More Thrills than Skills – A Half-life in Journalism, Part 50

Over the next few weeks, is to publish, each weekday, extracts from the memoirs of Scottish war correspondent, Paul Harris. ‘More Thrills than Skills: A Half-life in Journalism’, is being scheduled for publication next year.

As journalists in a war zone, we were, of course, supposed to be hard-bitten, fully objective and to remain unmoved by the entreaties of the underdog. I detected a change in that traditional view during the course of the war in Bosnia.

The veteran BBC newsman, Martin Bell, coined a phrase around the end of the Bosnian war: ‘the journalism of attachment’. Going very much against decades of firmly established BBC tradition, Bell suggested that journalists should not stand back but, instead, actually take sides with those patently oppressed in a conflict like the Bosnian war.

After years in Bosnia – and much time spent in towns and cities like Sarajevo held in the vice-like grip of siege – he came to see this as a moral duty. Once the end of the Bosnian war came he was rather ‘put out to grass’ by the BBC before – as his erstwhile boss, John Simpson, strangely puts it in his book, Strange Places, Questionable People: “The poor man forsook it all and went off to be a politician.”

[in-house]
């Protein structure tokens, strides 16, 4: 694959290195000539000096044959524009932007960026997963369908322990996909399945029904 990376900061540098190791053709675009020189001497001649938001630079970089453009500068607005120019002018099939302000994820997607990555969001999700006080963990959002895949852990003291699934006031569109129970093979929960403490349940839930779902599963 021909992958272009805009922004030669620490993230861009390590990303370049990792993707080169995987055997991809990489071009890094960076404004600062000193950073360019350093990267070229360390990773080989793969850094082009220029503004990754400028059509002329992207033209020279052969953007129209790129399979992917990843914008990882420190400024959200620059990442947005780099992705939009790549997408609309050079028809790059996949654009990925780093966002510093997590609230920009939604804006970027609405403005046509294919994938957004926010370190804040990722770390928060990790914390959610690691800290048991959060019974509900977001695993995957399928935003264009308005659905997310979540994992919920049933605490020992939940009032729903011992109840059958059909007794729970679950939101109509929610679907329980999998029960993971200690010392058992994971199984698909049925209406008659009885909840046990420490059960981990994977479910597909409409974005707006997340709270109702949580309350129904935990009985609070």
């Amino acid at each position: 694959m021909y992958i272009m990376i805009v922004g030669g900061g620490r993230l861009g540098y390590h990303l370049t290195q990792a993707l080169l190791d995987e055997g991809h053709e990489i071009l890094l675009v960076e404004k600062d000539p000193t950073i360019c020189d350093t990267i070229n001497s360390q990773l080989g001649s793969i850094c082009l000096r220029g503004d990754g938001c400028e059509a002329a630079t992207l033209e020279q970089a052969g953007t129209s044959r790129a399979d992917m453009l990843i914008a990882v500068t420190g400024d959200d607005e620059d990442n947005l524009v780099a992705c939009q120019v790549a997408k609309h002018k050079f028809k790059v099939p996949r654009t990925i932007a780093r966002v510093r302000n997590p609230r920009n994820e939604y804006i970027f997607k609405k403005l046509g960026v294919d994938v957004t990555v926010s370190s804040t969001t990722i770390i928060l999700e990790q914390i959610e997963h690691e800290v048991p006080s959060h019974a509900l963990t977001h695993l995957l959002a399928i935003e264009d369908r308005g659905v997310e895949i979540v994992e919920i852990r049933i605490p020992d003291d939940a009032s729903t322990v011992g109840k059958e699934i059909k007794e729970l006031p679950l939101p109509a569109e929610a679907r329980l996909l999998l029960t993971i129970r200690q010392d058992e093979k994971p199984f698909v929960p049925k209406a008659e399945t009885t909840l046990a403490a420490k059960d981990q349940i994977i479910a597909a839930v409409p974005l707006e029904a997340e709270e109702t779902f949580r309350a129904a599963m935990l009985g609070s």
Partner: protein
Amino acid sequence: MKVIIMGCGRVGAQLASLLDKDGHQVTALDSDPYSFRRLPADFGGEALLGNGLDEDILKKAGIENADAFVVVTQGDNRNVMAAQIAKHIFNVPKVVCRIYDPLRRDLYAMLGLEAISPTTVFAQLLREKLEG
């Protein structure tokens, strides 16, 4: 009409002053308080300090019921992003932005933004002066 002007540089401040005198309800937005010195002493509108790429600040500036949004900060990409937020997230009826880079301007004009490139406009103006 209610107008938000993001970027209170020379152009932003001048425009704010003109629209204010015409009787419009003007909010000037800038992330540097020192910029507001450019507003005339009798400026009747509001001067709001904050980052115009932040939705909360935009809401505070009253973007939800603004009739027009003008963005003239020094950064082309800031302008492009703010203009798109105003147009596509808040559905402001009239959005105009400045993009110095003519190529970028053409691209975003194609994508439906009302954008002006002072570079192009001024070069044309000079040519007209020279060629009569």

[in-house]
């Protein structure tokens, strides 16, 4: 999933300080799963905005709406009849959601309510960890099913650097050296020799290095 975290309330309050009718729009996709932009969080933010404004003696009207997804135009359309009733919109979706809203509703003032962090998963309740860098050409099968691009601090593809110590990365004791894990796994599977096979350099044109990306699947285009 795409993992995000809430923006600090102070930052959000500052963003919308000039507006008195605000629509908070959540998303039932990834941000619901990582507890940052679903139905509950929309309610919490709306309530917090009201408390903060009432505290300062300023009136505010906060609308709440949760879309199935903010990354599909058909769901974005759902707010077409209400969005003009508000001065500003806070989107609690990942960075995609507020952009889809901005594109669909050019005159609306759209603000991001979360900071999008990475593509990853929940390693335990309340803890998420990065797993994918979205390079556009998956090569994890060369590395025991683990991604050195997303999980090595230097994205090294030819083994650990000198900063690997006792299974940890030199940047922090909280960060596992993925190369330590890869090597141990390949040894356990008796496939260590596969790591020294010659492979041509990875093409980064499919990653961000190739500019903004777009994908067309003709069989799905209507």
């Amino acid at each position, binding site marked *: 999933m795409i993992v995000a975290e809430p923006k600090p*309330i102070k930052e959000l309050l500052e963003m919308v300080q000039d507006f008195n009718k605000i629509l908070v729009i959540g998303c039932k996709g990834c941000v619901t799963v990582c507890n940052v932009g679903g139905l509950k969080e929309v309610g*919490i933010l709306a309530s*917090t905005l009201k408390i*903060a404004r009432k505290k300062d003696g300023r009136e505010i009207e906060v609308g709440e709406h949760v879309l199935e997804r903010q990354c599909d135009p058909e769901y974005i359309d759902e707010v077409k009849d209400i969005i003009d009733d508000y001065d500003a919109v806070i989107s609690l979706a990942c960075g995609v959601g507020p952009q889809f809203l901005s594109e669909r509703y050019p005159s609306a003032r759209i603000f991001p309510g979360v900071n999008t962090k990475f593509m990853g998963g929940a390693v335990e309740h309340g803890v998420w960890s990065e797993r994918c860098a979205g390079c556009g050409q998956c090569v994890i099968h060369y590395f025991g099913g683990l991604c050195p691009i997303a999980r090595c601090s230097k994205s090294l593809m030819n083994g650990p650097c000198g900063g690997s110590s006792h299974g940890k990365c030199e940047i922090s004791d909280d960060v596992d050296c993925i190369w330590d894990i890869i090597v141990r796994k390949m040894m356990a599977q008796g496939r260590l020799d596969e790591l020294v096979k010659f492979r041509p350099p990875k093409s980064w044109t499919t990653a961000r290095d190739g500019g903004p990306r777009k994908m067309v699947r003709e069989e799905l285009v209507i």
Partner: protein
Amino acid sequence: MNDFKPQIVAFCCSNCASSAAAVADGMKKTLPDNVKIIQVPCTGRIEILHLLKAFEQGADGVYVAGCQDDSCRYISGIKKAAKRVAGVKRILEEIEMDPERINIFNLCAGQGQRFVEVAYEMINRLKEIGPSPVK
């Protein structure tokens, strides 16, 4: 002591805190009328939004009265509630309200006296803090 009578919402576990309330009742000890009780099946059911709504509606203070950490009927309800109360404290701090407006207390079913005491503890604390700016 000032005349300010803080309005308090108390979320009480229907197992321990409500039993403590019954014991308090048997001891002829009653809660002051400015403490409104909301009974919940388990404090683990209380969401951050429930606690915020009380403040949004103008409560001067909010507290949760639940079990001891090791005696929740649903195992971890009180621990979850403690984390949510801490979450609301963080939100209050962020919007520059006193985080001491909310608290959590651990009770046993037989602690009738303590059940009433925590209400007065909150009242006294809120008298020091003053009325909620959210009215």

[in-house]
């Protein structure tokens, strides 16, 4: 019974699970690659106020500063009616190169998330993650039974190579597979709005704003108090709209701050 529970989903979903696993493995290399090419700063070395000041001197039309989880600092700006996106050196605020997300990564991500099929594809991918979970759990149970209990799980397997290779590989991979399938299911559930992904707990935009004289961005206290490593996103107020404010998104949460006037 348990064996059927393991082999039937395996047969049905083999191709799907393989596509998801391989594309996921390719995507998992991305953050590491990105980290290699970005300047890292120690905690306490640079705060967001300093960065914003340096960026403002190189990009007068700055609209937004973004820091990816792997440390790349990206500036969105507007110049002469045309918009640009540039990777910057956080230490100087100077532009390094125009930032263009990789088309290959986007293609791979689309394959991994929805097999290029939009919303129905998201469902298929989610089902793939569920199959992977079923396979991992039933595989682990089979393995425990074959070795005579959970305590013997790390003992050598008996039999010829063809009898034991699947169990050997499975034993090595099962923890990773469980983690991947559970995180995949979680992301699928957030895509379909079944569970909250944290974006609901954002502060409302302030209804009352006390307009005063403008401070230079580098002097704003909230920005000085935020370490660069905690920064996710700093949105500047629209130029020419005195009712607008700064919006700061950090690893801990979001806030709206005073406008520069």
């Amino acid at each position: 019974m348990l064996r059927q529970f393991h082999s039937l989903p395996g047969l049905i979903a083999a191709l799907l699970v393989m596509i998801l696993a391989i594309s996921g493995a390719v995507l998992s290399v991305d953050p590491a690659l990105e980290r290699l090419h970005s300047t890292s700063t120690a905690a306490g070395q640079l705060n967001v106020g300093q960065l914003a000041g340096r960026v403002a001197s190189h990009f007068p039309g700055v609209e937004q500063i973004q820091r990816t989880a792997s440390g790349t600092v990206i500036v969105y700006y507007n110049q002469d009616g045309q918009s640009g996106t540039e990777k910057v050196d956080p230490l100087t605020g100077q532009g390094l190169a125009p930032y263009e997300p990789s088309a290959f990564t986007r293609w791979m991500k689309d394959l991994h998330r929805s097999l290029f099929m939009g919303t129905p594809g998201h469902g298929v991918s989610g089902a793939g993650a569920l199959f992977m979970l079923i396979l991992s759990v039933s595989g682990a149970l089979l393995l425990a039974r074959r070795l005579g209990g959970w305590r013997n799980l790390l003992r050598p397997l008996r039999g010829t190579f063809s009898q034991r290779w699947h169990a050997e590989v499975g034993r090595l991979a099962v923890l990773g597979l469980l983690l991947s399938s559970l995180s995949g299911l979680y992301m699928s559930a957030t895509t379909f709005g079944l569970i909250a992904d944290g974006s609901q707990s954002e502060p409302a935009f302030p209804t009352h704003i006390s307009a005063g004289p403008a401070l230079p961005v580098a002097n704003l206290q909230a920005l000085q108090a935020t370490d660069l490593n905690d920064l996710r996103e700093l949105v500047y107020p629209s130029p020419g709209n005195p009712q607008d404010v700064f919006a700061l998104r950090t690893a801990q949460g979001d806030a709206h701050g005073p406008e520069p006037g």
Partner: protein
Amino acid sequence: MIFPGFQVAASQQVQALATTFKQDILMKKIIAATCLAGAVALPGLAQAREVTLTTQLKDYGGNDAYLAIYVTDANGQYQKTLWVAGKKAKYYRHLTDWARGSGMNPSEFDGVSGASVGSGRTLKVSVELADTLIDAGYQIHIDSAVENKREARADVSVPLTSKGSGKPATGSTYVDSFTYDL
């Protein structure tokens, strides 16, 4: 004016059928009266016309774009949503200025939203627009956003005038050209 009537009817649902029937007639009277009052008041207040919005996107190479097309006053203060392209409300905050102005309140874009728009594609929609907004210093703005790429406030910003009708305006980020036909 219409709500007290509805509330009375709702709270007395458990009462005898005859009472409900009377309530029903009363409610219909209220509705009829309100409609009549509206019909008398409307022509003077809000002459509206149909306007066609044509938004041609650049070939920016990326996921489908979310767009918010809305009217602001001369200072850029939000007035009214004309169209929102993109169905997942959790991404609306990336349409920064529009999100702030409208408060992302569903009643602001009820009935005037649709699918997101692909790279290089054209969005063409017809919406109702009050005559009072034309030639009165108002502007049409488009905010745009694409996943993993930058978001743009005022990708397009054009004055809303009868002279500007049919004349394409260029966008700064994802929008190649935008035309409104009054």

On the occasions I met Martin Bell in Slovenia and, later, Bosnia, I rather took to him. He had a permanently troubled air – which, at the time, I put down to the shrapnel injury he dramatically acquired in his groin on camera in Sarajevo – and seemed buried in his own perplexing thoughts. I found him infinitely preferable to the loudmouthed crowd of louts and misfits who generally populated the press hangouts. In fact, I think he was genuinely struggling with his own conscience and seeking to rationalise his own thoughts on what we all were doing in Bosnia.

I never got around to asking him if he had taken his cue from the veteran Polish war correspondent, Ryszard Kapuscinski, to my mind one of the greatest of all time. I met him one year at the Frankfurt Book Fair where he told me: “You cannot be impartial. I have always taken sides. It is inevitable and lends emotion to your work.”

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